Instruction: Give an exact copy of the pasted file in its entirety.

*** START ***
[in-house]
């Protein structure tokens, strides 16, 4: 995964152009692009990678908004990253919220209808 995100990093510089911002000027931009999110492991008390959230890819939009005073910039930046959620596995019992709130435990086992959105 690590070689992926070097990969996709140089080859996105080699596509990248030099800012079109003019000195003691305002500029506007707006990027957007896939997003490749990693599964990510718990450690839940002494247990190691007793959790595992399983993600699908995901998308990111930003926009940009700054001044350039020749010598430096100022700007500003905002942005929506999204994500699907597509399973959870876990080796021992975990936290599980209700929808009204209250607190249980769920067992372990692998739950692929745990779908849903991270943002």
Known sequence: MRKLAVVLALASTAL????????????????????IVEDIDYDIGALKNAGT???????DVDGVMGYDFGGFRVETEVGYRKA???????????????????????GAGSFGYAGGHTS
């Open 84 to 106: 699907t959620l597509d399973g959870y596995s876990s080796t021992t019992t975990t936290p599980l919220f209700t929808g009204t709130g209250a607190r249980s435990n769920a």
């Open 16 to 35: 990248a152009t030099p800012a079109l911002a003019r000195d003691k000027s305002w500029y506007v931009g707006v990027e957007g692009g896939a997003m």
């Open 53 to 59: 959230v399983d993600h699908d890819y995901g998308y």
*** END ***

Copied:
[in-house]
């Protein structure tokens, strides 16, 4: 995964152009692009990678908004990253919220209808 995100990093510089911002000027931009999110492991008390959230890819939009005073910039930046959620596995019992709130435990086992959105 690590070689992926070097990969996709140089080859996105080699596509990248030099800012079109003019000195003691305002500029506007707006990027957007896939997003490749990693599964990510718990450690839940002494247990190691007793959790595992399983993600699908995901998308990111930003926009940009700054001044350039020749010598430096100022700007500003905002942005929506999204994500699907597509399973959870876990080796021992975990936290599980209700929808009204209250607190249980769920067992372990692998739950692929745990779908849903991270943002």
Known sequence: MRKLAVVLALASTAL????????????????????IVEDIDYDIGALKNAGT???????DVDGVMGYDFGGFRVETEVGYRKA???????????????????????GAGSFGYAGGHTS
């Open 84 to 106: 699907t959620l597509d399973g959870y596995s876990s080796t021992t019992t975990t936290p599980l919220f209700t929808g009204t709130g209250a607190r249980s435990n769920a």
């Open 16 to 35: 990248a152009t030099p800012a079109l911002a003019r000195d003691k000027s305002w500029y506007v931009g707006v990027e957007g692009g896939a997003m």
């Open 53 to 59: 959230v399983d993600h699908d890819y995901g998308y």